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    Many Muslims 'want Sharia law'
    One in five sympathise with motives of suicide terrorist cell
    Mike Waites
    FOUR in 10 UK Muslims want hard-line Sharia Law introduced in parts of Britain, a poll claimed yesterday.
    One in five also expressed sympathy with the "feelings and motives" of the July 7 suicide bombers who killed 52 innocent people in London.
    However, while British Muslims come over as alienated from mainstream society, 91 per cent said they feel "loyal" to the UK, according to the survey.
    Last night Keighley MP Ann Cryer said she was aware of a move by a minority of Muslims to get Sharia law in Britain but she was "100 per cent totally opposed".
    "We cannot start having different laws for different communities. It will be without end," she said.
    "You have to stand up to this and say you can only have one law and it applies to everyone regardless of their faith. The main thing is that it is a fair law and our laws are, I think as far as is humanly possible, fair and they are there to protect everyone including Muslims.
    "Otherwise we could finish up with women being stoned for adultery. Are we going to allow that sort of thing? No we are not. It's not even up for discussion."
    Sharia law, which is practised in large parts of the Middle East, specifies stonings and amputations as routine punishments.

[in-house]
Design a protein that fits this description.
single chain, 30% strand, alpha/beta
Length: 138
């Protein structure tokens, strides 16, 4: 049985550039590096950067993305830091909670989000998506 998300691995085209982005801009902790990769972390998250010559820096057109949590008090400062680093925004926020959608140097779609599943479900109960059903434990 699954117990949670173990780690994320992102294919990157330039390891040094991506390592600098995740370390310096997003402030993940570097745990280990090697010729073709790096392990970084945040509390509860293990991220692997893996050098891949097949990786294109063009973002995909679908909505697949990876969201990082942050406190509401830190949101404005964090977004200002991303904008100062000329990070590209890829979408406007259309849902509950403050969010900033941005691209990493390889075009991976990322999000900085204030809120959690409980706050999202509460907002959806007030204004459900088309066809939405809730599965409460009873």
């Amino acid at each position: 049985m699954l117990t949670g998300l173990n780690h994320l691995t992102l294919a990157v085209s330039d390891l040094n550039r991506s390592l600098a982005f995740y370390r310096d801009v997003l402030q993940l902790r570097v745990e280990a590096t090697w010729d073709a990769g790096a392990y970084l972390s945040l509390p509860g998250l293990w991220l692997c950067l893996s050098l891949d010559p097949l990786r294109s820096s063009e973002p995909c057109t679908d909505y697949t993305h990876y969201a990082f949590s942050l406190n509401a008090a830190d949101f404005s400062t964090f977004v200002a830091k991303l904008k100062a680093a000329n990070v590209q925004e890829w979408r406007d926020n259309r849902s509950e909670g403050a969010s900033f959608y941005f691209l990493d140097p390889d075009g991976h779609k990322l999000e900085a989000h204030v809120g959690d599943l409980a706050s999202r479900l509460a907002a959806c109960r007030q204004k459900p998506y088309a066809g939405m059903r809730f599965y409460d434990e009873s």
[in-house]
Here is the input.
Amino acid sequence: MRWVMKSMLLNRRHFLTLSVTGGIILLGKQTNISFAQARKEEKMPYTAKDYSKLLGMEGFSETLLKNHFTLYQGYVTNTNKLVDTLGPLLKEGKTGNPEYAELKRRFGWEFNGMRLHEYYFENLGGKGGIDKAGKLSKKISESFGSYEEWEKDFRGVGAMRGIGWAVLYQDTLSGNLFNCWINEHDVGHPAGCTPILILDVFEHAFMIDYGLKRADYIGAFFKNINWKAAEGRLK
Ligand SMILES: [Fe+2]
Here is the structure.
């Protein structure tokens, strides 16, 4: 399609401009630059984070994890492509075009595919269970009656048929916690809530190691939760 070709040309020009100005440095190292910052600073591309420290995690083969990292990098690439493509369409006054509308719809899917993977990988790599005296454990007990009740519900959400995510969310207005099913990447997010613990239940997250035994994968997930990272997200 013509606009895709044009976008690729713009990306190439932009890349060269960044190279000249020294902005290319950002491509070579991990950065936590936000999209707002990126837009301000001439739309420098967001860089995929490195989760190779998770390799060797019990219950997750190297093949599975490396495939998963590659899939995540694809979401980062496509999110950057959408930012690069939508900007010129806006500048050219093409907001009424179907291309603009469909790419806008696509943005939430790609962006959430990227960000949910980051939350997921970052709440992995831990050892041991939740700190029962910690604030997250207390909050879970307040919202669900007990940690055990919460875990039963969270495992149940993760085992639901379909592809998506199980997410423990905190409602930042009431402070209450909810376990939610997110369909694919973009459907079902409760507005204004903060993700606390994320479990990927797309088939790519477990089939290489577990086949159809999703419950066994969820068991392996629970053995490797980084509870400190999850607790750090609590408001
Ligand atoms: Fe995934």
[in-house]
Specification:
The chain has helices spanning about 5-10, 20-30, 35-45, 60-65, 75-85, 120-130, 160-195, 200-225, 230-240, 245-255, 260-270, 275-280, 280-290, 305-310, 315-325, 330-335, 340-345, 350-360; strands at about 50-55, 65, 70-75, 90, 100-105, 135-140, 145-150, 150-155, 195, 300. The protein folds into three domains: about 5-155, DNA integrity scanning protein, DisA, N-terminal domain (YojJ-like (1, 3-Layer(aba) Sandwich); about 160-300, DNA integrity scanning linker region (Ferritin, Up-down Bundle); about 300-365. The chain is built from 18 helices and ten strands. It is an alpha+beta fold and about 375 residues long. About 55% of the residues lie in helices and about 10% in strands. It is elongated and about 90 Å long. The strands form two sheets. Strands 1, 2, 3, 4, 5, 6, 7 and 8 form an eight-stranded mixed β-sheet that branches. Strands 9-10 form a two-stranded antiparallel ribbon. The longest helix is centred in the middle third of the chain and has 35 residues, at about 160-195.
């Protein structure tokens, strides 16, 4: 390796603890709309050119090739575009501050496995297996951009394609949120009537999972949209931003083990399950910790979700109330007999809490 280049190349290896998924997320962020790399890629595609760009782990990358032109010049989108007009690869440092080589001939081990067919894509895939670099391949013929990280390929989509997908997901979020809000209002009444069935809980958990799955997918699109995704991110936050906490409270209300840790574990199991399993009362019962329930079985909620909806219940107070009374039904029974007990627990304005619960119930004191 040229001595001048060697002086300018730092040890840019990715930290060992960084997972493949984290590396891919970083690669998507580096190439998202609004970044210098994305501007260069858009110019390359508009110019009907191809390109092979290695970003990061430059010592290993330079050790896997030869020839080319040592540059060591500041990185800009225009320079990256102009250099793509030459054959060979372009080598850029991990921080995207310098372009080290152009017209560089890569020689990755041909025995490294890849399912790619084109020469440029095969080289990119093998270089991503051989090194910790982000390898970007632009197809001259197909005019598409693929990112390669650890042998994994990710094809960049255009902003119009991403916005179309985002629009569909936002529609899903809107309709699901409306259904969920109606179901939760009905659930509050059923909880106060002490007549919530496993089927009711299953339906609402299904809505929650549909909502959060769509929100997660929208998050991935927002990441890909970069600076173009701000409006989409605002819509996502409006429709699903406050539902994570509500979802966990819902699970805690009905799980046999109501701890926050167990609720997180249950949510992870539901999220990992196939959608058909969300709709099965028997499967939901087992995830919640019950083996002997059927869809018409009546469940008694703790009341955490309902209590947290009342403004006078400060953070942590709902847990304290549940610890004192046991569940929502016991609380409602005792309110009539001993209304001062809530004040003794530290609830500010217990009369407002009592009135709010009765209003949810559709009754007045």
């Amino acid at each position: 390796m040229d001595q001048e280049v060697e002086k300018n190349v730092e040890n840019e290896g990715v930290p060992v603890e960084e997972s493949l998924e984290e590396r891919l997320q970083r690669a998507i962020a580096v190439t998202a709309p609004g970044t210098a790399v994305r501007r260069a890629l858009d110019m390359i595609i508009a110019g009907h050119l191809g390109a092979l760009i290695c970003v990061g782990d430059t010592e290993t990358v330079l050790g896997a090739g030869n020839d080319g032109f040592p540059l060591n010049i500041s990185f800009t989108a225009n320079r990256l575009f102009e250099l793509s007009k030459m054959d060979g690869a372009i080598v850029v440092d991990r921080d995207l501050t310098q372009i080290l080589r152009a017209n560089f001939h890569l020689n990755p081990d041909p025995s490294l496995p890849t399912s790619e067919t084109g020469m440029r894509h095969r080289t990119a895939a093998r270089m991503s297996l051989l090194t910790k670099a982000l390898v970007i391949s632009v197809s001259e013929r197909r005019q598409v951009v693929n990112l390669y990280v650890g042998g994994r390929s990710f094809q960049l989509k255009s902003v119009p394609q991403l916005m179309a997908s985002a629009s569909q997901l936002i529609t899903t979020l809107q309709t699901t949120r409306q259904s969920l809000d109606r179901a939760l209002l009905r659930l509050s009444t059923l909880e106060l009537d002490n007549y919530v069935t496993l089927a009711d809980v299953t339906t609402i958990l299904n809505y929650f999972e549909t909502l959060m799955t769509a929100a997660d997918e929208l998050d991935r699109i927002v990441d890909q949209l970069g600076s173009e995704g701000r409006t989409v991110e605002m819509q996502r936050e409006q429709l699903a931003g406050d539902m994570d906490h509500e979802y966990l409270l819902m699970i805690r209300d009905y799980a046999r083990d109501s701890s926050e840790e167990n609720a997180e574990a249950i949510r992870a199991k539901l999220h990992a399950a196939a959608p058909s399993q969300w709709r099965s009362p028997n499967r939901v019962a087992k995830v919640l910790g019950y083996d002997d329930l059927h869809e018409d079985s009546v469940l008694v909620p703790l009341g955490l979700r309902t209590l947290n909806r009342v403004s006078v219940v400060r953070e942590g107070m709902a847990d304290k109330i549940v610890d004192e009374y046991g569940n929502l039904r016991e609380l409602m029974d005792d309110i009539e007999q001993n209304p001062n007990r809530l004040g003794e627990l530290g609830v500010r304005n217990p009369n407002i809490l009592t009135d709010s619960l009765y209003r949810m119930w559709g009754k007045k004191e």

Sharia should be introduced in "predominantly Muslim" areas of Britain, according to 40 per cent of the 500 Muslims polled. Almost the same number, 41 per cent, opposed the move.
    While 20 per cent said they felt sympathy for the London suicide bombers' motives, another 75 per cent said they did not. Only one per cent backed the attacks.
    Many felt their community had become "more radical" in the past year, with 60 per cent saying British Muslims are "more alienated" and that more women were covering their faces and bodies in public than in 2004. Half said relations between white Britons and Muslims were growing worse.
    Only just over half said the conviction of militant cleric Abu Hamza for incitement to racial hatred was fair.
    Mrs Cryer said she was surprised 20 per cent of those polled felt sympathy for the bombers' motives but was pleased more than 90 per cent felt loyalty to the UK.
    "We have a very vocal minority and a very silent majority and I think this majority really has to speak out," she said. "They are not with the people who killed so many in 7/7 and they have no time for them."
    Sir Iqbal Sacranie, secretary-general of the Muslim Council of Britain, said the findings underlined opposition among Muslims to the "so-called war on terror" which July 7 bomber Mohammad Siddique Khan used to justify the attacks.
    "The results of the Sharia law question reflect the degree of importance that many British Muslims attach to living by an Islamic code of ethics and morality," he added.
    Cabinet Minister Peter Hain said the survey underlined the need to ensure Muslims were part of mainstream society and not alienated.
    "We are proud to have Muslims in Britain making a big contribution to our society and doing important jobs as well," he said. "Many of them, the great majority of them, are proud to be British too."
    n ICM interviewed 500 British Muslims aged 18 and over from February 14-16.
    Comment: Page 10.
    20 February 2006
    ...è la natura dell'uomo che spinge a odiare chi sta bene quando è lui a star male...


  ► Many Muslims 'want Sharia law'


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